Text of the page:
Botanical Gardens in South Africa
Not surprisingly, considering our fantastic botanical diversity, we have a number of lovely botanical gardens scattered around the country. Generally, they are places to relax, walk and discover new and exciting things about our floral heritage. But most also have lovely tea gardens or restaurants and host fun events such as art exhibitions, concerts and many others. The gardens are administered by the National Botanical Research Institute.
Kirstenbosch National Botanical Garden
Adjacent to the Cape Peninsula National Park is the Kirstenbosch National Botanical Gardens - an absolute gem with plants from all over South Africa. Set against the slopes of Devil's Peak, the park has both a "cultivated" and a wild aspect, with lovely walks going up the mountain through two steep, forested gorges. The whole garden is 528 hectares. The cultivated area is about 36 hectares in extent and consists of extensive lawns, flower beds, bonds, streams and interesting stands of indigenous plants.
The Conservatory is home to a number of plants indigenous to other parts of South Africa and which won't grow outdoors in Cape Town. The garden is fully wheelchair-accessible and a fragrance trail with Braille plaques attracts as many sighted visitors as non-sighted. Other special features include a garden of useful indigenous plants, a cycad garden, the Bird Bath, which is a beautiful, idyllic historical bathing pool built around a natural spring, and the historic Van Riebeek's Hedge. Visitor facilities include an information desk, the Kirstenbosch Shop with a wide range of gifts, the Botanical Society Bookshop, a coffee Shop and restaurant.
Harold Porter National Botanical Garden
This beautiful, little-known garden near the town of Betty's Bay is only 100 kilometres from Cape Town on the scenic R44 coastal road which winds past Gordon's Bay and continues further on to Hermanus. Ideally situated between mountains and sea, the garden consists of about 10 hectares of cultivated fynbos garden and 190 hectares of pristine natural fynbos. Among the almost 90 species of bird one is likely to see are the endemic iridescent orange-breasted sunbird and the very rare protea canary. There is a small restaurant serving light meals and teas. The garden is open 365 days a year from 08:00 - 18:00.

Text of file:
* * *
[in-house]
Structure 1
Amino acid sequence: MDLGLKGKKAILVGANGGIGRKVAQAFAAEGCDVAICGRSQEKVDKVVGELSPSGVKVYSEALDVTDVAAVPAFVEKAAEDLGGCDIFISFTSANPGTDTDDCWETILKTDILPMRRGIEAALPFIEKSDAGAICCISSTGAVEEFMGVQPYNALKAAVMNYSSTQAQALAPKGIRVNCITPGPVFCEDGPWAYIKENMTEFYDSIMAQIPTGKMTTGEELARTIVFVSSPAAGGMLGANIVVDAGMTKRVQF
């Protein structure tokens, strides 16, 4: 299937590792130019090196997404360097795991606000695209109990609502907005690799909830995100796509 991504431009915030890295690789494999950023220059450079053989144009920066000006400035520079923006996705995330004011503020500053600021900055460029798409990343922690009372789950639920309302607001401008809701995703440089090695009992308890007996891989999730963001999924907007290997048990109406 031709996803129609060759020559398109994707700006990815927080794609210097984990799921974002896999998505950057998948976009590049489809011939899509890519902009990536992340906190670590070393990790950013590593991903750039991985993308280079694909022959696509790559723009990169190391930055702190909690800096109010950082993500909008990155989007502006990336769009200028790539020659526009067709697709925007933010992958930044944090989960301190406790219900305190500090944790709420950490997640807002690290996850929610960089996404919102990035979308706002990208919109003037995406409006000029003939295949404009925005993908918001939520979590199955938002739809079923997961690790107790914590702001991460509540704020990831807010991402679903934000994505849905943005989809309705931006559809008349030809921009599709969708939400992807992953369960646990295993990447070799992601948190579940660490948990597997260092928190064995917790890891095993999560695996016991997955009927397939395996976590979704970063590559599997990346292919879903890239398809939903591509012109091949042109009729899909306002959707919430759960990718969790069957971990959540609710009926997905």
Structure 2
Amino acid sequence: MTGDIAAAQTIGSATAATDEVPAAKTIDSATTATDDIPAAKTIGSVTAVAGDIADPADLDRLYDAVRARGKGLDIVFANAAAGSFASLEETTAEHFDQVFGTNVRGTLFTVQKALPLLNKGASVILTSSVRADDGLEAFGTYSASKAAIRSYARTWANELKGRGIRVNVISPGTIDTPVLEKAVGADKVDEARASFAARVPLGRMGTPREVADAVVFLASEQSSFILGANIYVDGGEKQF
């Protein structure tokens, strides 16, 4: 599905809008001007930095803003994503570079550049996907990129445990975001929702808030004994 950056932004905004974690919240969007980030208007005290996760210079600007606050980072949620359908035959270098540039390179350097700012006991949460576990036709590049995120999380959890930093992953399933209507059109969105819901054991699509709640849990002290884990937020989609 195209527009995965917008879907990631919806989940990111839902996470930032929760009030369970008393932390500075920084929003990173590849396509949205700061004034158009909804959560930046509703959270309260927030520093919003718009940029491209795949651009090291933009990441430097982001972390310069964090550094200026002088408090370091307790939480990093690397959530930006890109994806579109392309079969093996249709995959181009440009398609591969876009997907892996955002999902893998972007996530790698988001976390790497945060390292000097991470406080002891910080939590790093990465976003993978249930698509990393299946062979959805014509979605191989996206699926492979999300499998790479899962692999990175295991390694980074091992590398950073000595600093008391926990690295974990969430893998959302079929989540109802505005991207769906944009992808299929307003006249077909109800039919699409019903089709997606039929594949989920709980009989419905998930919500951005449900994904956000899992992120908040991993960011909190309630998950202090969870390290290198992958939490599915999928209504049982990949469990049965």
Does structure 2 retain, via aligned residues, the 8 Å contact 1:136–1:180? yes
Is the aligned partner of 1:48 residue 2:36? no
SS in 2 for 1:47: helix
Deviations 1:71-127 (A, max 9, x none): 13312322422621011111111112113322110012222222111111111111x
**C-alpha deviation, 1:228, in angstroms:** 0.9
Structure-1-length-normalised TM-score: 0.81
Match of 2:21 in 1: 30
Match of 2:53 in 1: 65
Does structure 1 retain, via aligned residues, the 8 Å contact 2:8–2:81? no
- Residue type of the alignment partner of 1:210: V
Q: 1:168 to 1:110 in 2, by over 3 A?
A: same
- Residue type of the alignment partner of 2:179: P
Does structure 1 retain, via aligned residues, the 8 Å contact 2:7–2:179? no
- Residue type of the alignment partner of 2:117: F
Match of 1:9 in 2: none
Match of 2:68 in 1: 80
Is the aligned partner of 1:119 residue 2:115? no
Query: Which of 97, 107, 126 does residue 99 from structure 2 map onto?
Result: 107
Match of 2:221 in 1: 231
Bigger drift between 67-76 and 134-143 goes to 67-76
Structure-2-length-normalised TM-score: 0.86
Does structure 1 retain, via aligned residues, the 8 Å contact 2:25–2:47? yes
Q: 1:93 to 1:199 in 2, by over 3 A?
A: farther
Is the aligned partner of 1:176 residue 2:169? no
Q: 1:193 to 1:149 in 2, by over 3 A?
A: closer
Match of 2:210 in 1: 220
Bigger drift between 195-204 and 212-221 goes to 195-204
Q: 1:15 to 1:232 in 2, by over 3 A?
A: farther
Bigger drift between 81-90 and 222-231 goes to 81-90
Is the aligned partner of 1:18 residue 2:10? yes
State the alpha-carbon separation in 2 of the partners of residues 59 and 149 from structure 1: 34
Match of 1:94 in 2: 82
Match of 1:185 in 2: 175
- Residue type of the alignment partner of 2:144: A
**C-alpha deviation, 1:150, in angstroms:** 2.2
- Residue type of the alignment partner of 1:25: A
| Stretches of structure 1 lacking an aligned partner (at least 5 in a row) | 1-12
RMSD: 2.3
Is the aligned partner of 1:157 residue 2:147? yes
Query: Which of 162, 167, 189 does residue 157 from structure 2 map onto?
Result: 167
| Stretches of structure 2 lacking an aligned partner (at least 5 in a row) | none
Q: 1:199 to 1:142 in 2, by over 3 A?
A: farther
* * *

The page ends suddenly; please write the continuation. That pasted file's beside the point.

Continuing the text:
Karoo National Botanical Garden
The Karoo Desert National Botanical Garden, outside Worcester, about an hour north of Cape Town is the only succulent garden in the southern hemisphere. The garden is just on the edge of the succulent Karoo biome, which includes the spectacular Namaqualand flora. It is quite spectacular in spring, with the flowering of the many Namaqualand plants and, specifically, the brightly coloured iridescent mesembryanthemums, or vygies.
The cultivated part of the garden is about 11 hectares in extent, while the remaining section of about 144 hectares is a more natural reserve.
Facilities and special attractions include a bookshop, plant sales, a maze, an ethnobotanical garden displaying plants traditionally used by the Khoi-San people. Guided tours are available but must be arranged in advance. There are several kilometres of nature trails through the garden, which makes for lovely day walks, including a Braille trail of just over a kilometre.
Natal Botanical Garden